What distinguishes true submission from false submission? This article gives four things that characterize true submission, and three that don't.

Source: The Banner of Truth (NRC), 1988. 3 pages.

Old Year's and True Submission

And she answered, It is well.

2 Kings 4:26b

Old Year's and True SubmissionThe words "it is well" are very short and spoken very easily most of the time. If people ask us how we are, it is our desire to say that things are well. When everything seems to go our way outwardly, when our wishes are fulfilled, when God's providence does not cross our path, and when we can live out our lives as our own lords, we are prone to say, "It is well." When everything is going relatively smoothly in our work-life, family life, and personal life, submission is easy work. Then we look forward to a year in which we anticipate things shall go even better than they have during the past year. "It is well" become words said with our lips lightly and automatically.

But to say "it is well" when your only son is lying at home as a dead corpse is something altogether different. If you would have asked the Shunammite woman the morning prior to her son's death if things were well with her, she could easily have said, "It is well." But now to say it when the son of her love, the son of his parents' old age in whom they delighted – yes, when the prize possession of that family circle was taken away in one stroke – then the special grace of true submission was necessary to truly say, "It is well."

True submission is an important matter to consider together, not only with respect to this past year, but particularly in our day when it has become a negative word. Through strikes and the exercising of so-called rights, the whole question of submission has become a very important one both naturally and spiritually.

What is and what is not true, spiritual submission? The history of the Shunammite woman sheds much light on this question. First let us examine what true submission is.

First, true submission acknowledges that everything comes from the hand of the Lord. True submission does not look to the devil, man, fate, accident, or any secondary cause as the source of affliction. True submission knows no human "ifs." True submission confesses, "To the Lord belong the issues of life" (Ps. 68:20). "The Lord killeth and the Lord maketh alive" (1 Sam. 2:6). True submission acknowledges the Lord's hand with David in Psalm 39, "I was dumb with silence. I opened not my mouth, because Thou didst it," and again in 2 Samuel 16, "Let Shimei curse, for the Lord hath bidden him to curse David."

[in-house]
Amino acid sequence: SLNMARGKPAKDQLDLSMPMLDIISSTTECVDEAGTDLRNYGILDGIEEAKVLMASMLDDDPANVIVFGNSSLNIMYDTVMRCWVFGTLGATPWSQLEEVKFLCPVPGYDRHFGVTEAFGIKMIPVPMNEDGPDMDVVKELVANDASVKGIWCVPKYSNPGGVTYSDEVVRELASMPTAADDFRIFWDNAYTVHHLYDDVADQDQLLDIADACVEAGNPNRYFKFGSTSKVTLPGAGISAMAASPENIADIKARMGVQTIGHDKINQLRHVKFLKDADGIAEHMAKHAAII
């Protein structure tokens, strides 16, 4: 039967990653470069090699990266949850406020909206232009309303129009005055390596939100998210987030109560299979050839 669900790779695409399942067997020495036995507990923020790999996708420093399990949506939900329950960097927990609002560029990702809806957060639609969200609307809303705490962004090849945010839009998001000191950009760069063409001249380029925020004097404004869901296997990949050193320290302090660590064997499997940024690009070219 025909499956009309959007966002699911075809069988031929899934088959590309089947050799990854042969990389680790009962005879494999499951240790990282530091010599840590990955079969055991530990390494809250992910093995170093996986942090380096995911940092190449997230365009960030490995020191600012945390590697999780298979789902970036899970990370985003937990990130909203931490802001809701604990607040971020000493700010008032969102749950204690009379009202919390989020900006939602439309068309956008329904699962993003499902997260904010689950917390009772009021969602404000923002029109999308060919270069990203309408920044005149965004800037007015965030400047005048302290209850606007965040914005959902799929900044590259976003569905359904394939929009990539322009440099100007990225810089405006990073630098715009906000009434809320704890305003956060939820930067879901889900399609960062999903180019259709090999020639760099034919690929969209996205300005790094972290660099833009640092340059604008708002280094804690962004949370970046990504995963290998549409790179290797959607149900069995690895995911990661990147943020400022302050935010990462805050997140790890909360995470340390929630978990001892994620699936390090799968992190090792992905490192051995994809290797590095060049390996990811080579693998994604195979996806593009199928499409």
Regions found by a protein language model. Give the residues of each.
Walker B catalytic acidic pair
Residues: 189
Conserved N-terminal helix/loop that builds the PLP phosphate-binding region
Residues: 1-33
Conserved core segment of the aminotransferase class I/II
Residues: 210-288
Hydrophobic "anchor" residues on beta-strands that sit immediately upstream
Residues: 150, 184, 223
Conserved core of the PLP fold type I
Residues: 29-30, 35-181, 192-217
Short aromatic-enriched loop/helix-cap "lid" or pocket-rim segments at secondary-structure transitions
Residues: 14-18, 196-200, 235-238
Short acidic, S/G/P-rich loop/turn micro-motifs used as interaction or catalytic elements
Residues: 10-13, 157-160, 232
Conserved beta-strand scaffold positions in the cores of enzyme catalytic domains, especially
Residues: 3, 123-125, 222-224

Secondly, true submission bows before this sovereignty of God and justifies God in all His doings. This is a profound reality which the Lord works in the hearts of His people. The Shunammite was enabled to say, "It is well." Aaron "held his peace" when fire came down from heaven to consume his two sons. When he heard about the inevit­able, approaching death of his sons, Eli confessed, "It is the Lord: let Him do what seemeth Him good" (1 Sam. 3:18). When David's throne was taken over by his own son, he spoke, "Behold, here am I, let the Lord do to me as seemeth good unto Him." (2 Sam. 15:26). In the midst of plagues, calamities, and deadly sickness, Job called out, "The Lord gave and the Lord hath taken away" (Job 1:21).

All these confessions of Bible saints are rooted in two experienced truths engraven upon their souls: God's sovereignty and their sinfulness. They had been taught to say "it is well,"l because they learned that God is free to do what He will with them; yes, doubly free, because their sinfulness calls for nothing but hell and eternal condemnation.